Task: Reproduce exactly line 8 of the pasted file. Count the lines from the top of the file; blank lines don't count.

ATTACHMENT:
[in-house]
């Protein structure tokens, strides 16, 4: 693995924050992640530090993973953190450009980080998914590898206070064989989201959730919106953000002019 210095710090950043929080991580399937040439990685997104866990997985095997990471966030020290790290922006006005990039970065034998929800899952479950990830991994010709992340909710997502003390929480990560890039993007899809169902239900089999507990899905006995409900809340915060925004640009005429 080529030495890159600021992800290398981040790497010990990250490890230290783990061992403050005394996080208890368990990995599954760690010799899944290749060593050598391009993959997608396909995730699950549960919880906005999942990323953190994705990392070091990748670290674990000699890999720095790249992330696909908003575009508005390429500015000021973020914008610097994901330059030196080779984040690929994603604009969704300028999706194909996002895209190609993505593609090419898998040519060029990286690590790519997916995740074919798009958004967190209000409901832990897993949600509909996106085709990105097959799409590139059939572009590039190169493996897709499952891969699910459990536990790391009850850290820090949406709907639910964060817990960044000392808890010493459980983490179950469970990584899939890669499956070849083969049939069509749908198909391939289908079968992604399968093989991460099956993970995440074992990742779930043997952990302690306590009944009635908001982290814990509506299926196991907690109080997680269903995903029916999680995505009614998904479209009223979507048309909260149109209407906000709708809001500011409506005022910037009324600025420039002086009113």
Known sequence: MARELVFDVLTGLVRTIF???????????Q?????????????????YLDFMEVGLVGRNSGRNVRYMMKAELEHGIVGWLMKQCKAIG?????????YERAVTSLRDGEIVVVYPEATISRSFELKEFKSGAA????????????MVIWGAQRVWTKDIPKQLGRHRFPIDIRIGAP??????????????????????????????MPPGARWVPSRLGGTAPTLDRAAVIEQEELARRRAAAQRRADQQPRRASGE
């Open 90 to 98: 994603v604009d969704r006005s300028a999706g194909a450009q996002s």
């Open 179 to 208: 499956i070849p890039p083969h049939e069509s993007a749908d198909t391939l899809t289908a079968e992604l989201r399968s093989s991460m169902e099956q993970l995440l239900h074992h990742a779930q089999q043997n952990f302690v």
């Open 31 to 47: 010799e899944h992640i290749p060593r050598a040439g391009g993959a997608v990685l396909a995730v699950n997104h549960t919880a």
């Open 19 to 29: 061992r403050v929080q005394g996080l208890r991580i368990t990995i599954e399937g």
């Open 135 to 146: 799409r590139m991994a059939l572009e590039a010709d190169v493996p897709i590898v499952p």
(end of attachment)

């Open 135 to 146: 799409r590139m991994a059939l572009e590039a010709d190169v493996p897709i590898v499952p």